; room, antl, alter staggering ucross i pro-
, ", 7 "."5 , " u,e
.., , .. .,.
der, whoever lio might be, was drunk. i
Tliero- was, however slight comfort in j
tins, lor ho mislit only have swallowed I
wine to make bim iho more desperaf, and
the traveller was convinced he h id heard
the voices of oilier men wi.hout, who were I
sufficiently numerous to accomplish their
purpose, in case any n sitdnnco should be
made. His astonishment, however, was
greut and reviving, w hen he heard the fel
low throw off his jacket on the floor, and
then loss himself upon the bed under which
he lav. Terror, however, bad taken too
firm a hold of the traveller to be shaken , lllU two rr:sorit'r8. and all the party which
otl'atonce. His ideas were too confuted . haJ collected in the stable on hearing
to permit his imagining any other motive " nnt p!lssed there,
for such a midi.ight intrusion on an in-! 1501,1 ful,lcr anJ son walked with con
nnncd man with property about him, save , siderable confidence into the room, but
thai or robbcrv and assassination, and he 'Ilcn ,licv saw by the lamps the night
lay quiet where he was, until ho heard j watch and others held over it, that there
the fellow above him snoring wilh all the
sonorousness of a drunkard. Then, in-
deed he would have left his hiding-place ; wno is this: and rushed together to the I
and gone to rouse the people in iho inn lo j hed-sidc. The lights were lowered ; their ,
get another resting place instead of the bed ! ravs v?m tho ghastly face and bleed
of which he had just been dispossessed in ' inS I,,r"al r a ""unS man. At the sight, !
so singular a manner, but, just a he came j ll,e jounger of the murderers turned hisj
lo this resolution he heard the door of the head and swooned in silence; but the
outer room open then stealthy steps cros-
sed it then the'door of the very room he
was in was softly opened, and two men.
one of whom was the host and the other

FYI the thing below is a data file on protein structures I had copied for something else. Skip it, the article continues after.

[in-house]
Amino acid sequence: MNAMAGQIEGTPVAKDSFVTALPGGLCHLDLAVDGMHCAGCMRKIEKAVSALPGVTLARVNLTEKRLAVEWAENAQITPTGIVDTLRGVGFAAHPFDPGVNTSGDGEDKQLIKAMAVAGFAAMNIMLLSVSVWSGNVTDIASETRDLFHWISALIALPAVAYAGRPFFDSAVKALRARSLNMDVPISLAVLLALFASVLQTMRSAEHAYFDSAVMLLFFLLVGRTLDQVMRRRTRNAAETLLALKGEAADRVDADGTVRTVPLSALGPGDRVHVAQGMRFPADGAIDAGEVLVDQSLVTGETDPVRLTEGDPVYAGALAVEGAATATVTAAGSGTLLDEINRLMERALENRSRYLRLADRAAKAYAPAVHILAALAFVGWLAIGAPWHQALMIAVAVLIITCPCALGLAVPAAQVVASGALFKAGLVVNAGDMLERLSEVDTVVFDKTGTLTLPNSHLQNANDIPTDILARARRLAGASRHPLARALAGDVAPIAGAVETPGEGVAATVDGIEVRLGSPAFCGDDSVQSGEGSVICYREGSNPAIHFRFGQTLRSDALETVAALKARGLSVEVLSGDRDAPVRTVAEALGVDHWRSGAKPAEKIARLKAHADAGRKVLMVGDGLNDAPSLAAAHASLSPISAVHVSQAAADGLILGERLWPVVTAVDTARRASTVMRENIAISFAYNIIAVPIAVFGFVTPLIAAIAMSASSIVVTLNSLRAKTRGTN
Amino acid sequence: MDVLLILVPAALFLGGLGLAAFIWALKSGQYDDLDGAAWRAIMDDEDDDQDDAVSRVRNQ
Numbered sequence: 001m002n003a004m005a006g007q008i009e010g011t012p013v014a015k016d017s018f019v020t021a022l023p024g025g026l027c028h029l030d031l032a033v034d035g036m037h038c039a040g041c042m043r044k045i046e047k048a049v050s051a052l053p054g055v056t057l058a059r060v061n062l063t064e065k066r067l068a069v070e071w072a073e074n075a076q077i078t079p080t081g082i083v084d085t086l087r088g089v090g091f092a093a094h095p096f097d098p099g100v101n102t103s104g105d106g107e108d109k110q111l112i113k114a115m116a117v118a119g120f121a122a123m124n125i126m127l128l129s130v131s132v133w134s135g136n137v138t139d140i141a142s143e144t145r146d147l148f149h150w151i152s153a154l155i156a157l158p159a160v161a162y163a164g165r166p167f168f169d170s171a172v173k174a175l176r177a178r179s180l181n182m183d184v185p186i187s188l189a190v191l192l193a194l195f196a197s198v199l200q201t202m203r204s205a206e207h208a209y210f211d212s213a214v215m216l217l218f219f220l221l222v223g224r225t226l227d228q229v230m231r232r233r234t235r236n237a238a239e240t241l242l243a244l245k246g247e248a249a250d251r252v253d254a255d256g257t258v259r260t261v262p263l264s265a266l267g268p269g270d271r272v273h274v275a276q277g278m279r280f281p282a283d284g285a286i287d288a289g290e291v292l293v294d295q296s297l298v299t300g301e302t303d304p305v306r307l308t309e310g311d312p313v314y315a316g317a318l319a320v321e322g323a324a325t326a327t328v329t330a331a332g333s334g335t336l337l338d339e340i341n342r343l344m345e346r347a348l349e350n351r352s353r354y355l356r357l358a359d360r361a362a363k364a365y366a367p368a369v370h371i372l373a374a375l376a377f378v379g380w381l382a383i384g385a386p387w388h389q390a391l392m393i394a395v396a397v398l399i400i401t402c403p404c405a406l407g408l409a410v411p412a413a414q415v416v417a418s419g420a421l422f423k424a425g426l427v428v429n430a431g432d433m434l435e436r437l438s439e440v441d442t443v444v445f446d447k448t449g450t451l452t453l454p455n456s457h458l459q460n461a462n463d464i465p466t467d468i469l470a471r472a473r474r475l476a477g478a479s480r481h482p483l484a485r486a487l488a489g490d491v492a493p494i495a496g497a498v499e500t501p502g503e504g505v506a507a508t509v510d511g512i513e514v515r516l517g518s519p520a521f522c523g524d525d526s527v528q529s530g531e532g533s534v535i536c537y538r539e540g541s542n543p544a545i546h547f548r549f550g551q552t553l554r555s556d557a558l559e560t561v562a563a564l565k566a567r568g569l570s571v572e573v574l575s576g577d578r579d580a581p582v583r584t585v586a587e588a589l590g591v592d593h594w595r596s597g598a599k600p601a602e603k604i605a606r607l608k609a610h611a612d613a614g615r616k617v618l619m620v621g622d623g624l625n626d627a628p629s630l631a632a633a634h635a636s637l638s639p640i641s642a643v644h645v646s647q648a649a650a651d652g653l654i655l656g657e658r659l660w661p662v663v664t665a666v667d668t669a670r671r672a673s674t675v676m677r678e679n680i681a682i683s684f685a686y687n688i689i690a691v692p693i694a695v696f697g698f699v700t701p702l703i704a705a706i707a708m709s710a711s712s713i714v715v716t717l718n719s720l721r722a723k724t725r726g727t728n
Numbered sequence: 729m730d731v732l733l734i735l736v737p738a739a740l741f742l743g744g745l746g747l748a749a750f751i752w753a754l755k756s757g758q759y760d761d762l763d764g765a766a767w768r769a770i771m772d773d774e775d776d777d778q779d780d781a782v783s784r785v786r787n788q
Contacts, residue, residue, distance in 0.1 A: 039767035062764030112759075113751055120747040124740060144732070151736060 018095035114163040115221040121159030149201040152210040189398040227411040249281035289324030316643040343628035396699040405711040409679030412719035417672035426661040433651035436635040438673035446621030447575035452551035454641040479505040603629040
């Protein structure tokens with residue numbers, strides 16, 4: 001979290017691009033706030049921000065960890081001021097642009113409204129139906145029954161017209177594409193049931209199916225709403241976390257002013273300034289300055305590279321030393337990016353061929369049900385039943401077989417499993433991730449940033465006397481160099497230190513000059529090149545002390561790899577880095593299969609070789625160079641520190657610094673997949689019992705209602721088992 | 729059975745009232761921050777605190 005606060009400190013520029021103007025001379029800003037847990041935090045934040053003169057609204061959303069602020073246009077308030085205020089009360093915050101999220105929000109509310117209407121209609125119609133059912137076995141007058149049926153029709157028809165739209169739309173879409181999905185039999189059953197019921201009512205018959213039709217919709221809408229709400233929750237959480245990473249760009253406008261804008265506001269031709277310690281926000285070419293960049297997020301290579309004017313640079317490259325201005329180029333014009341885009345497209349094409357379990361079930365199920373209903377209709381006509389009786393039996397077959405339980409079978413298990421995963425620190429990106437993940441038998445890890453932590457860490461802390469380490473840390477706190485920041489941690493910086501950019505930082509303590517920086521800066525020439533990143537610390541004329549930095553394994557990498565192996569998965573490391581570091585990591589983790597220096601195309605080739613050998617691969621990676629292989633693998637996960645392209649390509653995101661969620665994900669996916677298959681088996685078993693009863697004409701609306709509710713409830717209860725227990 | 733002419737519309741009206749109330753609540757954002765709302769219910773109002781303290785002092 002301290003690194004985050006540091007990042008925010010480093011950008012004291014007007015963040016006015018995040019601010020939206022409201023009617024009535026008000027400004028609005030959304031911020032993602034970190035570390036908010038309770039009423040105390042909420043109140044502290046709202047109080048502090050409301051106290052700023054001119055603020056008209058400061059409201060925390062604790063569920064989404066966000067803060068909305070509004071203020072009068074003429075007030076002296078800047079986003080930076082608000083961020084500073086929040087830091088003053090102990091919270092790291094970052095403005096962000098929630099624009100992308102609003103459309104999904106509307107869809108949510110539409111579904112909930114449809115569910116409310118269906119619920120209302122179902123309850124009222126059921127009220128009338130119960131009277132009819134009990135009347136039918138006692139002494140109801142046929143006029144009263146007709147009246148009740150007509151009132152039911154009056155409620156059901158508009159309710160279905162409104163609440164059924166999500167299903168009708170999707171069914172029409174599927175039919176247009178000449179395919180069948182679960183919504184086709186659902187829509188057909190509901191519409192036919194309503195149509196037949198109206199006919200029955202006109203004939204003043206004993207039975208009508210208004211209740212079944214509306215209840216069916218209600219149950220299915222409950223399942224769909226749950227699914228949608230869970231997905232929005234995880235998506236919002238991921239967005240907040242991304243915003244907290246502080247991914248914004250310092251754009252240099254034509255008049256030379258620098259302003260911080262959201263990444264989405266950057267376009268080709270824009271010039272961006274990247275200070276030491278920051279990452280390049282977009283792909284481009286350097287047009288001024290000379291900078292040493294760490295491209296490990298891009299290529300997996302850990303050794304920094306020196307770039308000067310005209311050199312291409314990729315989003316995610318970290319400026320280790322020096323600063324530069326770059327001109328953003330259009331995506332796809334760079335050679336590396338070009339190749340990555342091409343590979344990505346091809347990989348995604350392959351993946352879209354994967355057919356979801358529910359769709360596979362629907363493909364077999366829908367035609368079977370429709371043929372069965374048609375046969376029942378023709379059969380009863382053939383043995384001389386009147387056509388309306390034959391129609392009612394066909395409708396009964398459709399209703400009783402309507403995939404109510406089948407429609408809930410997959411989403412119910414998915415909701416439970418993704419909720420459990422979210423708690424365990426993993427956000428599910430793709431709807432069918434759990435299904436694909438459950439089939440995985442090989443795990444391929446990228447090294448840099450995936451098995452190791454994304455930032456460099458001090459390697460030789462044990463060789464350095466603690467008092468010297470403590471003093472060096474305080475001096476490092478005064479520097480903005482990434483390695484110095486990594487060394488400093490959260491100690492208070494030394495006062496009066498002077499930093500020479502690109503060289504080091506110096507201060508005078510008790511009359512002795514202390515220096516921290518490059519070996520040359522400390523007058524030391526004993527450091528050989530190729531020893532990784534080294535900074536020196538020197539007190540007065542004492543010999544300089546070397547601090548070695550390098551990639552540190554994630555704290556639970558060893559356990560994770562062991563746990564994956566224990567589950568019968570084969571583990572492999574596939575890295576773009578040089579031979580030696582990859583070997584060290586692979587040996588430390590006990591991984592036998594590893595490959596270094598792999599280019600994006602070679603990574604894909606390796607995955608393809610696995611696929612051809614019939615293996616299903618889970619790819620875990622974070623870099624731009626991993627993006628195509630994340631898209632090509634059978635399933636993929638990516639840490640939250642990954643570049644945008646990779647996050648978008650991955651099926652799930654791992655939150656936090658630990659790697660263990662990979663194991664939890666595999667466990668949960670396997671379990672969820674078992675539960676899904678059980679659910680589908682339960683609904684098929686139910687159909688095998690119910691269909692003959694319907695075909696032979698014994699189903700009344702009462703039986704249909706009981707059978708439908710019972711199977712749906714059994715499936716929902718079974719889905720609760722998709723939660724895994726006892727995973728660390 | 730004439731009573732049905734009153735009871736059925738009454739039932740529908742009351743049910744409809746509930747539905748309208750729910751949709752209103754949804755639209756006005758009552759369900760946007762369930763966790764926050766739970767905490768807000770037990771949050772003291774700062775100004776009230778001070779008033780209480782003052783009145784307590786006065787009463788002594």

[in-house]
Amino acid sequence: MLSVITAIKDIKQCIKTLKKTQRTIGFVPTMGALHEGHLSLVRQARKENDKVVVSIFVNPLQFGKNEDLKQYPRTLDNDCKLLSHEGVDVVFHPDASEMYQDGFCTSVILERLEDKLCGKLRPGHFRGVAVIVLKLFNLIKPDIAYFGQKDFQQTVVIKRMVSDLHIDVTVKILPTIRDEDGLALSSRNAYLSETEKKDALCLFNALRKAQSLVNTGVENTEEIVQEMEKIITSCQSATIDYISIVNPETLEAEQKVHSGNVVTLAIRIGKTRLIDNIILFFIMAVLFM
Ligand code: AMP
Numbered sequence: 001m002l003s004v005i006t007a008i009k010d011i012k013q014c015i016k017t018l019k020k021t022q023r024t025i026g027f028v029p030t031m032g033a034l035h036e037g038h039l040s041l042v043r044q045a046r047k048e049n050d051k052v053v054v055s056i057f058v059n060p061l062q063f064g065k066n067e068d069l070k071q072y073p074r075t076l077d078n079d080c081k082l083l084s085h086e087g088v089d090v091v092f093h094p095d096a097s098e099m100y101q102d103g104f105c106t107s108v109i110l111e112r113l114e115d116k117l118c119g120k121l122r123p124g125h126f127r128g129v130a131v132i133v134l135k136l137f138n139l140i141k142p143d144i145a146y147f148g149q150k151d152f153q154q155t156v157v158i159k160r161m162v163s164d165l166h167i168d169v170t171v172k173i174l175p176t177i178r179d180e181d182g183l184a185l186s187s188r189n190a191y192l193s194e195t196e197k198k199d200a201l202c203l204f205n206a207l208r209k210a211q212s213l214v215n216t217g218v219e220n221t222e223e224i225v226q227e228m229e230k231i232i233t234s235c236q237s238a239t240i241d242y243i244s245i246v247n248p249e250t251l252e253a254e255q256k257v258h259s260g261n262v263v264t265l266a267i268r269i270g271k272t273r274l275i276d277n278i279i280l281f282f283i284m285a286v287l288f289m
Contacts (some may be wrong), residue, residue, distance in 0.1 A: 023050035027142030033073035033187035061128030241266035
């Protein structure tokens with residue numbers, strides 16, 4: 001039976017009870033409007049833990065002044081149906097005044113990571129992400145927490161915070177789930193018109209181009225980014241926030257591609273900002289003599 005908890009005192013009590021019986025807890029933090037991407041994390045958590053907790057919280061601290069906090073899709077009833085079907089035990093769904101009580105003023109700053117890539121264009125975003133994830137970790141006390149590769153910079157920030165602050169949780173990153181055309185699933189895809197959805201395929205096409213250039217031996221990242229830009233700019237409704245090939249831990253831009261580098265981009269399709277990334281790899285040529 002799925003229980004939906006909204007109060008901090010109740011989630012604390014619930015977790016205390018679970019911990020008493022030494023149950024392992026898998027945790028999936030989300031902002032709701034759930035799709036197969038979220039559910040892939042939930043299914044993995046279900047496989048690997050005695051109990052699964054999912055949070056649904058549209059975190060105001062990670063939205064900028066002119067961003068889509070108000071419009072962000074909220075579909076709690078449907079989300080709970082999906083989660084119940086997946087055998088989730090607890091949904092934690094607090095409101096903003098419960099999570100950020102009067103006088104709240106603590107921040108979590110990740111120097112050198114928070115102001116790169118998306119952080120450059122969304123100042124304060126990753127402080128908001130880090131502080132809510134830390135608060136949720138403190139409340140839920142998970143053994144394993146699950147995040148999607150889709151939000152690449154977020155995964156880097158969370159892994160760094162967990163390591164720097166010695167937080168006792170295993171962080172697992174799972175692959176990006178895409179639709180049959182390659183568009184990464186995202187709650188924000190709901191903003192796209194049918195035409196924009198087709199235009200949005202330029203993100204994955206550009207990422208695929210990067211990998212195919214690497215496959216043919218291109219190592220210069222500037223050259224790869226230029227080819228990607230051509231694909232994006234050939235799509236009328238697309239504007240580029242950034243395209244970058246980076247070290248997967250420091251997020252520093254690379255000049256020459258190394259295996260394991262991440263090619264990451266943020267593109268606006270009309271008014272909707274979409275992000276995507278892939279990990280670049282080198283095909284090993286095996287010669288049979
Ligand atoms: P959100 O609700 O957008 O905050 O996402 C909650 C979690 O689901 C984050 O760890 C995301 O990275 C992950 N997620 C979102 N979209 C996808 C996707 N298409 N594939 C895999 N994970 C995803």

his son, appeared on tha threshold.
"Leave the light where it i" whisper
ed the host, "or it may disturb him and
give us trouble."
"There is no fear of lhat," said ihe
younger nun also in a whisper,
'we are
two to one
knife about
ho has nothing but a little
nun li" is ucau asleep too,
hear how he snores !"
"Do my biddin'!," said the old
man
slernlv : "would YOU have him awake
and rouse the neighborhood with his
screams 1"
As it was tho horror-stricken dealer un -
der tiio bed could hardly suppress a shriek,
but he saw that the sou left ihe light in,the
outer room, and then, pulling the door par-
tially after them lo screen the rays of the
Inmn from lhfl bed.be saw the two llllir-
dorers elide lo the bed-side, and then
bjnrit s rnstlsnT motion ft! of amis decern.
ding on the bed-clothes, and a h;ssing,nnd
then a grating sound, lhat turned his soul
sick, for he knew it csmo from knives or
daubers penetrating to tho' heart or itals
of a numan being liUQ lumscit, and only a Uennrss ; that instead ol being in bco', as
few inches above his own body. Tins bis father and brother hud believed bun,
was followed by one sudden and violent be had stolen out of the house, and joined
start on the bed, accompanied by a moan, a party of oarouscrs in the town ; of these
Then Iho bed, which was a low one, was boon companions, all appeared in evidence
bent with an increase of weight caused by and two of them deposed that thu deccas